The trade-offs between potential benefits and potential harms when rosiglitazone is used by people with type 2 diabetes has to be assessed.
This Cochrane Systematic Review analysed data from 18 trials that involved a total of 8432 people and found no evidence that rosiglitazone led to better patient outcomes when compared with other therapies.
Diabetic control (as measured by levels of HbA1c) was no better in patients given rosiglitazone when compared to other antidiabetic drugs. Patient oriented outcomes such as mortality, diabetes related morbidity, or quality of life were not addressed in most studies.
In addition to confirming the known risk of edema (people taking the treatment are at twice the risk of developing this condition) and an increase in body weight up to 5.0 kg, the authors found evidence from one large study indicating increased cardiovascular risk and an enhanced risk in women of having broken bones.
In people with type 2 diabetes, their body has a reduced ability to cause cells to remove glucose from the blood. The resulting high levels of blood-glucose can cause considerable damage especially to the eyes, nerves and kidneys.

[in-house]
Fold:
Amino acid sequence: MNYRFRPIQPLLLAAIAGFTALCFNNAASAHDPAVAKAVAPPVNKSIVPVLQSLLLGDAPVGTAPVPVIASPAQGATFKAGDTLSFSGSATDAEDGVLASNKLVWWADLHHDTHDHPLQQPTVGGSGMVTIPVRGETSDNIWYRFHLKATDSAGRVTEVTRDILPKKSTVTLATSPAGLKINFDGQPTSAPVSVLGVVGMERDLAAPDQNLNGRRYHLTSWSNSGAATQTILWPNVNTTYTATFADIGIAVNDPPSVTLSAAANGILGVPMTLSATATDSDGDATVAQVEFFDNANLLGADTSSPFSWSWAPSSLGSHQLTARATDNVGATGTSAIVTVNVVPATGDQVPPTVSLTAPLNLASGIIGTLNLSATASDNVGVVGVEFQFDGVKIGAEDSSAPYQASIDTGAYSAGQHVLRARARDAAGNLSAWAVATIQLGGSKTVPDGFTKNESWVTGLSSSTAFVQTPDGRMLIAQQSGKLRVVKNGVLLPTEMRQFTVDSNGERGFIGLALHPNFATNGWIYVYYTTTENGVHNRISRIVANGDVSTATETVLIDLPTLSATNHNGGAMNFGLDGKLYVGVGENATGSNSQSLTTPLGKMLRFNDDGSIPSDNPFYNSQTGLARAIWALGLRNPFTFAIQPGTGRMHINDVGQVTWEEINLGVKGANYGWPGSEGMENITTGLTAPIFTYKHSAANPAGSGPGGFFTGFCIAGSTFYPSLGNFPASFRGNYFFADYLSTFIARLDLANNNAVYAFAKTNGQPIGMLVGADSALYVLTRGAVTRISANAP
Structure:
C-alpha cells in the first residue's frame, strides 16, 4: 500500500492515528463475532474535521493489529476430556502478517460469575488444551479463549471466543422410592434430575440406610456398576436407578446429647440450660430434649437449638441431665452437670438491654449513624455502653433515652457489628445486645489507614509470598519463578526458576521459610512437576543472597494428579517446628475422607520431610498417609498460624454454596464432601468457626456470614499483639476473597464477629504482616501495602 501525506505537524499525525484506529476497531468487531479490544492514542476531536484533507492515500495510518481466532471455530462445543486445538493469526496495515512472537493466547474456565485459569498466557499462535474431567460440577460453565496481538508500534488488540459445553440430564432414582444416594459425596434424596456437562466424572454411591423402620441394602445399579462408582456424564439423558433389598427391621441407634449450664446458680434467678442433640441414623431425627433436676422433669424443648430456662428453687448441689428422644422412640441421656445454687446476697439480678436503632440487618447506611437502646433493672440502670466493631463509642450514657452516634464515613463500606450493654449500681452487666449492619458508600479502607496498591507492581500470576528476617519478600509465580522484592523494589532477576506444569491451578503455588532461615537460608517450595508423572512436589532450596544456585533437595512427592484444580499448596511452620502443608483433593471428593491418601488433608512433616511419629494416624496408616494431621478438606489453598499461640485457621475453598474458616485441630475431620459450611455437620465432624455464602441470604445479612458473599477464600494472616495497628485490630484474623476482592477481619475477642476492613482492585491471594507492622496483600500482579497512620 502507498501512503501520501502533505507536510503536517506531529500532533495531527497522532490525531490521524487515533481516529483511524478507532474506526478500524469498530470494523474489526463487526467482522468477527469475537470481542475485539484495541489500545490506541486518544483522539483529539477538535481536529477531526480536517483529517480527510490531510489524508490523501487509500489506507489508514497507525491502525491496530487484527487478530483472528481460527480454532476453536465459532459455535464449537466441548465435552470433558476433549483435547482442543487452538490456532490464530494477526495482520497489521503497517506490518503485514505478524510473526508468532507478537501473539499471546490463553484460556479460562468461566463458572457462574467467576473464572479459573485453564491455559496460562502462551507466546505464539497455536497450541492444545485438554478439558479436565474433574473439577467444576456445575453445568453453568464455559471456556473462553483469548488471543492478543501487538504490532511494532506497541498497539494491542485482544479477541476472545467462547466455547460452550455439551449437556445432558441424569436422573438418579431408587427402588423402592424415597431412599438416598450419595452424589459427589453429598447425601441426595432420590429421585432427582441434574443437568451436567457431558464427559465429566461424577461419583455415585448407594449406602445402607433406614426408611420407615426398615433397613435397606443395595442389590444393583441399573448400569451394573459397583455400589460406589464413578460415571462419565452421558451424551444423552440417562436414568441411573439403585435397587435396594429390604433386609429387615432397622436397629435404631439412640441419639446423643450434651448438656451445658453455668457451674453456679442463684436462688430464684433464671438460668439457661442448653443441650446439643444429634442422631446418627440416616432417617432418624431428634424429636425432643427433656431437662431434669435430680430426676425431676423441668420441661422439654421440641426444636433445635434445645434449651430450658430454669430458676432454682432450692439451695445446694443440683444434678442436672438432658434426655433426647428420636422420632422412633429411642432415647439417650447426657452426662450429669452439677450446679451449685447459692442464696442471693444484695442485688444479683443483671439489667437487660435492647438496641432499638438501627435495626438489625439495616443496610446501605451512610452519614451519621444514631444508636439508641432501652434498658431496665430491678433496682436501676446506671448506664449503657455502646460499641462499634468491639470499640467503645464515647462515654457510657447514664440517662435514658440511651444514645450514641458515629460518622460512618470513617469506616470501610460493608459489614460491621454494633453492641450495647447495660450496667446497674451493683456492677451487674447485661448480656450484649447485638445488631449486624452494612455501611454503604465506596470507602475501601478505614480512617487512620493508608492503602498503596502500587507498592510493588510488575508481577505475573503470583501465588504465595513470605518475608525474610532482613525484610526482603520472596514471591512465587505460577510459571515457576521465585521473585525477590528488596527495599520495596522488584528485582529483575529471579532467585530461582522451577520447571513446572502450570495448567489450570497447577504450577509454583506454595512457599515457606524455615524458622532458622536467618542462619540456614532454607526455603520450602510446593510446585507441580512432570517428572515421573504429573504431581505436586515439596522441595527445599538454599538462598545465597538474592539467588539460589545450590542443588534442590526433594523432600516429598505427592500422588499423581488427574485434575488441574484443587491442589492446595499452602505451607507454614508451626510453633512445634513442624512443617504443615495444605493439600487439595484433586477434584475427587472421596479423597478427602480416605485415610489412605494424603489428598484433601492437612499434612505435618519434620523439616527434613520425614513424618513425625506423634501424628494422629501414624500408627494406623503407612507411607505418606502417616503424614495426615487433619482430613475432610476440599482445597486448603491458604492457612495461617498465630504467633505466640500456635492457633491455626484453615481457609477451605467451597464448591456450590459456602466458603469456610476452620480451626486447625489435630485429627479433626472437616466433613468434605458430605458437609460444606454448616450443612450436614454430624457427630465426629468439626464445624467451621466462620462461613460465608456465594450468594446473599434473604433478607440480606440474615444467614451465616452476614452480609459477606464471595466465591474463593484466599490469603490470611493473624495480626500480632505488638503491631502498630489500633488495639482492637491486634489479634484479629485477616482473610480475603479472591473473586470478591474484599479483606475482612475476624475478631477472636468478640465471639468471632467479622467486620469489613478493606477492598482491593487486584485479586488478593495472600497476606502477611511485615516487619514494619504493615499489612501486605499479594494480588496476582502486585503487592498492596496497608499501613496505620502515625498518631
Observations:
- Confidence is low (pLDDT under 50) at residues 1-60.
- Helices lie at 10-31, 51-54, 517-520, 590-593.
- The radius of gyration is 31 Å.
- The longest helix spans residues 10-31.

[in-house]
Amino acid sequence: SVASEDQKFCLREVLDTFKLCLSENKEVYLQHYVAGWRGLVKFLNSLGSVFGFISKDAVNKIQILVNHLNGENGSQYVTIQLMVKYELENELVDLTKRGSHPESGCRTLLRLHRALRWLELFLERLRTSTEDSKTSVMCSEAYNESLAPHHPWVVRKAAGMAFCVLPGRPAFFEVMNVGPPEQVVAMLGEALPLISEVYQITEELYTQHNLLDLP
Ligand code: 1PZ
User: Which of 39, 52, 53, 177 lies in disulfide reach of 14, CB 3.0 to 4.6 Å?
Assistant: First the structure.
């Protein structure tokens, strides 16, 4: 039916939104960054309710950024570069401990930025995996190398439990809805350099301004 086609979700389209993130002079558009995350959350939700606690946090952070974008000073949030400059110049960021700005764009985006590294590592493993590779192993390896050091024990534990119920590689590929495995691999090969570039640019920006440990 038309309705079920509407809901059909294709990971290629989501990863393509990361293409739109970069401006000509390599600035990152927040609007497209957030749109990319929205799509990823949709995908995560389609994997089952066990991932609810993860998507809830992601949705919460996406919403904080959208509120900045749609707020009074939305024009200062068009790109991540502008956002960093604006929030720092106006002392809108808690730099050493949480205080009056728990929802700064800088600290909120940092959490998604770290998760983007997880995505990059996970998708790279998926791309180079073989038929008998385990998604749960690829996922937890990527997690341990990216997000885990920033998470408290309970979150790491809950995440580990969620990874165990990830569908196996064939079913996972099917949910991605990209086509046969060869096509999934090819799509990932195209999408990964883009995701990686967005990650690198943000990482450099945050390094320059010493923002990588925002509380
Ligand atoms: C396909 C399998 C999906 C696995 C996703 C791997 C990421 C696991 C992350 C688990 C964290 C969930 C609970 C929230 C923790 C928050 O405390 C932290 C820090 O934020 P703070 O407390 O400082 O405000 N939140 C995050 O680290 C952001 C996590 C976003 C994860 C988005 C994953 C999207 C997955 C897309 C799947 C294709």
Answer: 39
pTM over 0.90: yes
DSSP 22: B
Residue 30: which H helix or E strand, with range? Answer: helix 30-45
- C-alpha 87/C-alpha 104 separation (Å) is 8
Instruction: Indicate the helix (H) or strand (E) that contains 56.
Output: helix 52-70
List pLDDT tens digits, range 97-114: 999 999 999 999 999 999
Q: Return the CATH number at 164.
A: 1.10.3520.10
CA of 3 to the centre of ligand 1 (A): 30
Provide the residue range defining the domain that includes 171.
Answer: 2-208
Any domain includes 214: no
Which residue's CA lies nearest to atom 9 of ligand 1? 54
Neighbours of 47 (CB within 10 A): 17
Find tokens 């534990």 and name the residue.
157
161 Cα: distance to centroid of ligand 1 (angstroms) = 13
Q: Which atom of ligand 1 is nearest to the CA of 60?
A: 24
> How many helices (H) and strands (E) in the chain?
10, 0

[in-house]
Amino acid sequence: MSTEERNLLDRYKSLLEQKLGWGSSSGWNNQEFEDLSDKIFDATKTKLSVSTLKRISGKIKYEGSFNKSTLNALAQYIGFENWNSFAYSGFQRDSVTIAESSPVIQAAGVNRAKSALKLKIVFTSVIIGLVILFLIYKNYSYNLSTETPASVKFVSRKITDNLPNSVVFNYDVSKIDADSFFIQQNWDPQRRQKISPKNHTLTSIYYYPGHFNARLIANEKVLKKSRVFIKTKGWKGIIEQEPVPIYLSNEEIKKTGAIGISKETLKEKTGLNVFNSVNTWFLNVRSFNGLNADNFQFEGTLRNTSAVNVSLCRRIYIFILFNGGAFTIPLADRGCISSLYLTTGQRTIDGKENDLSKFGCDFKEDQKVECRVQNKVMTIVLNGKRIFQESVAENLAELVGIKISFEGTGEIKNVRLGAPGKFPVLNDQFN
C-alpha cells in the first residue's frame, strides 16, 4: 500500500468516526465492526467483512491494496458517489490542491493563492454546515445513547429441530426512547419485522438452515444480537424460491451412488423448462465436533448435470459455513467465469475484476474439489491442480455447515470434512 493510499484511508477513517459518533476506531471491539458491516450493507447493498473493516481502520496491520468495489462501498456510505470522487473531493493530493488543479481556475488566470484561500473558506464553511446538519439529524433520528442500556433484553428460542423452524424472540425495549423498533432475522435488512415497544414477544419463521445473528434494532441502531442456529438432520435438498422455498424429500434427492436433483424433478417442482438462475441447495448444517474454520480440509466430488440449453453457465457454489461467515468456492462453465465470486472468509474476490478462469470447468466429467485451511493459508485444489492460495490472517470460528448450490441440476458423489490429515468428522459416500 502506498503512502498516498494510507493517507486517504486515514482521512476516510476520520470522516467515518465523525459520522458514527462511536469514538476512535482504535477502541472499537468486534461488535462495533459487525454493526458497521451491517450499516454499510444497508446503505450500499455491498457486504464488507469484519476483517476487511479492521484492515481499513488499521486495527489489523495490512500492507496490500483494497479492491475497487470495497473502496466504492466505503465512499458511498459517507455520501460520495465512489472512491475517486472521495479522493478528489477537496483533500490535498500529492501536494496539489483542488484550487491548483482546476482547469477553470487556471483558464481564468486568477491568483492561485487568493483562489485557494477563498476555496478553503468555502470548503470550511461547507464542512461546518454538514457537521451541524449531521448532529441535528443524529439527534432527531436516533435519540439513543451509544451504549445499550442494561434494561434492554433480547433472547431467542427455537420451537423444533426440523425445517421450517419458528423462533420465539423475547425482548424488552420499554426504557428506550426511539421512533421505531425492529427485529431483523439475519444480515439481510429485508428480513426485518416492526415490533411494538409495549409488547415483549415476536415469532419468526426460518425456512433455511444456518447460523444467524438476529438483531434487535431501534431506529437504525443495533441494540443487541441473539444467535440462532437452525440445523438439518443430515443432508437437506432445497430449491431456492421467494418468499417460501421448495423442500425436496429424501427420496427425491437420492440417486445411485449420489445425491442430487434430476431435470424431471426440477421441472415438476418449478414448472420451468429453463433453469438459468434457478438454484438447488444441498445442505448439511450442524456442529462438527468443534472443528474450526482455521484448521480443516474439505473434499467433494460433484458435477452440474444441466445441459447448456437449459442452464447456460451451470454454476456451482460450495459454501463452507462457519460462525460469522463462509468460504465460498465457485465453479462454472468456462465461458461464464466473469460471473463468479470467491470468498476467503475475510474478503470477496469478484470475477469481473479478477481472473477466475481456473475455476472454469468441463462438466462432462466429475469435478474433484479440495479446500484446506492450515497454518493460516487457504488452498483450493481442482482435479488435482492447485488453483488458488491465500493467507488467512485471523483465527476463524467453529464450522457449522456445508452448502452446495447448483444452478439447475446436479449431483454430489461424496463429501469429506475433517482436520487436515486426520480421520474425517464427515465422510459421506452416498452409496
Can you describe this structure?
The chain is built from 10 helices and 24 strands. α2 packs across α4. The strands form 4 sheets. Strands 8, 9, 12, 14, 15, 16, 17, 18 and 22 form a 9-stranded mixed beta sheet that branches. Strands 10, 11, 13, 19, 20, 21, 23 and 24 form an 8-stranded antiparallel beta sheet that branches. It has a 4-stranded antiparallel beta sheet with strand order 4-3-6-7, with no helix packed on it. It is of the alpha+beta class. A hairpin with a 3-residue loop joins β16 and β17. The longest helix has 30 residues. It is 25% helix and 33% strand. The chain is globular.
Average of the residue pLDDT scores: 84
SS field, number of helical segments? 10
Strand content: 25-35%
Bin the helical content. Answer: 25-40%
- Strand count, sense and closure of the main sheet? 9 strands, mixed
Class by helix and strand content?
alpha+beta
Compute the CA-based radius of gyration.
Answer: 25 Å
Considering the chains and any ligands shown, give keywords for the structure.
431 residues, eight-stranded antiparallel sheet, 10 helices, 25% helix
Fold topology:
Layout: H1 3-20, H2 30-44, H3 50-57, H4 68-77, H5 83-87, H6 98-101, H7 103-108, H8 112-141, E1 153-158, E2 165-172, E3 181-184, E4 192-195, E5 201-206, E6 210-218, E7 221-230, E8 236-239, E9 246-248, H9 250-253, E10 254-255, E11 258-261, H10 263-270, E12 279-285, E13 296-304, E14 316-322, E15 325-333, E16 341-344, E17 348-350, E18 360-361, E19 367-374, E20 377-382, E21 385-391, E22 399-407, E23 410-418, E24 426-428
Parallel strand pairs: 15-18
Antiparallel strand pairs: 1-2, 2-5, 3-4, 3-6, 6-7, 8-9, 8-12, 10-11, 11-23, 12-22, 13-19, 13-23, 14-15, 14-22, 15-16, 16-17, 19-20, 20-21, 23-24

Rosiglitazone is one of a range of drugs that increase cell's sensitivity to insulin and therefore may restore some of the normal function.
"Unfortunately, the published studies where people have taken rosiglitazone for at least 24 weeks do not give relevant data about issues like mortality, morbidity, and changes in health-related quality of life," says lead author Associate Professor Bernd Richter, who works at the Department of General Practice, in Duesseldorf.
"Studies on patient-oriented outcomes are urgently needed, although it is questionable whether new studies with rosiglitazone will be ethical given the fact that less dangerous therapeutic alternatives exist," says Richter.